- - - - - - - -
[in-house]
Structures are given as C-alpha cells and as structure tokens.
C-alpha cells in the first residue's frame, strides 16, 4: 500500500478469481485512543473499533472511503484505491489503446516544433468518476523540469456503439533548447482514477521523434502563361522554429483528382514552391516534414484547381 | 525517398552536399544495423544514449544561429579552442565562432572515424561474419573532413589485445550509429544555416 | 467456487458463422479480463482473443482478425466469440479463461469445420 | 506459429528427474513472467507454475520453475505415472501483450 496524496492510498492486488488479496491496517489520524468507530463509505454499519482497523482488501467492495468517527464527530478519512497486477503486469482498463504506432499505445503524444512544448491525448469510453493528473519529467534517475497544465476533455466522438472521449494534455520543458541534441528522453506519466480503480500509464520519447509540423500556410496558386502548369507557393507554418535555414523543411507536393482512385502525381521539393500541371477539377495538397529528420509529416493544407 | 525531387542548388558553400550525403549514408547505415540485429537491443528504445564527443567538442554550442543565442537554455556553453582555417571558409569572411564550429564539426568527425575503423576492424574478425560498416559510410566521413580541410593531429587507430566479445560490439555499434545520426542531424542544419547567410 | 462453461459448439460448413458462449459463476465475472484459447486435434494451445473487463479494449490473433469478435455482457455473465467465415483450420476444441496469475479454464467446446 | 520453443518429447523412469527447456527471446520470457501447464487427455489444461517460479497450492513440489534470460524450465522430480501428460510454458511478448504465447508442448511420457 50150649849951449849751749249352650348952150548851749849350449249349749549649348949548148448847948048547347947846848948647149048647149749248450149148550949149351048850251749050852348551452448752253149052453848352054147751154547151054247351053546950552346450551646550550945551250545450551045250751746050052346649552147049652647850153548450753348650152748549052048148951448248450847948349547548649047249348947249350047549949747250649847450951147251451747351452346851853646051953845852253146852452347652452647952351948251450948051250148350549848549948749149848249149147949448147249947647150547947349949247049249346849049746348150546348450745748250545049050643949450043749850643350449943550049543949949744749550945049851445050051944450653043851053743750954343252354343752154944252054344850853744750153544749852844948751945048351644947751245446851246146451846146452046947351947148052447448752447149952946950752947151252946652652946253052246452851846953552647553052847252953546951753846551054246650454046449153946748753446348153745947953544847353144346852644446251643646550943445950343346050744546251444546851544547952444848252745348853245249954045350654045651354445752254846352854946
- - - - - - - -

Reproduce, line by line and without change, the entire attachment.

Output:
[in-house]
Structures are given as C-alpha cells and as structure tokens.
C-alpha cells in the first residue's frame, strides 16, 4: 500500500478469481485512543473499533472511503484505491489503446516544433468518476523540469456503439533548447482514477521523434502563361522554429483528382514552391516534414484547381 | 525517398552536399544495423544514449544561429579552442565562432572515424561474419573532413589485445550509429544555416 | 467456487458463422479480463482473443482478425466469440479463461469445420 | 506459429528427474513472467507454475520453475505415472501483450 496524496492510498492486488488479496491496517489520524468507530463509505454499519482497523482488501467492495468517527464527530478519512497486477503486469482498463504506432499505445503524444512544448491525448469510453493528473519529467534517475497544465476533455466522438472521449494534455520543458541534441528522453506519466480503480500509464520519447509540423500556410496558386502548369507557393507554418535555414523543411507536393482512385502525381521539393500541371477539377495538397529528420509529416493544407 | 525531387542548388558553400550525403549514408547505415540485429537491443528504445564527443567538442554550442543565442537554455556553453582555417571558409569572411564550429564539426568527425575503423576492424574478425560498416559510410566521413580541410593531429587507430566479445560490439555499434545520426542531424542544419547567410 | 462453461459448439460448413458462449459463476465475472484459447486435434494451445473487463479494449490473433469478435455482457455473465467465415483450420476444441496469475479454464467446446 | 520453443518429447523412469527447456527471446520470457501447464487427455489444461517460479497450492513440489534470460524450465522430480501428460510454458511478448504465447508442448511420457 50150649849951449849751749249352650348952150548851749849350449249349749549649348949548148448847948048547347947846848948647149048647149749248450149148550949149351048850251749050852348551452448752253149052453848352054147751154547151054247351053546950552346450551646550550945551250545450551045250751746050052346649552147049652647850153548450753348650152748549052048148951448248450847948349547548649047249348947249350047549949747250649847450951147251451747351452346851853646051953845852253146852452347652452647952351948251450948051250148350549848549948749149848249149147949448147249947647150547947349949247049249346849049746348150546348450745748250545049050643949450043749850643350449943550049543949949744749550945049851445050051944450653043851053743750954343252354343752154944252054344850853744750153544749852844948751945048351644947751245446851246146451846146452046947351947148052447448752447149952946950752947151252946652652946253052246452851846953552647553052847252953546951753846551054246650454046449153946748753446348153745947953544847353144346852644446251643646550943445950343346050744546251444546851544547952444848252745348853245249954045350654045651354445752254846352854946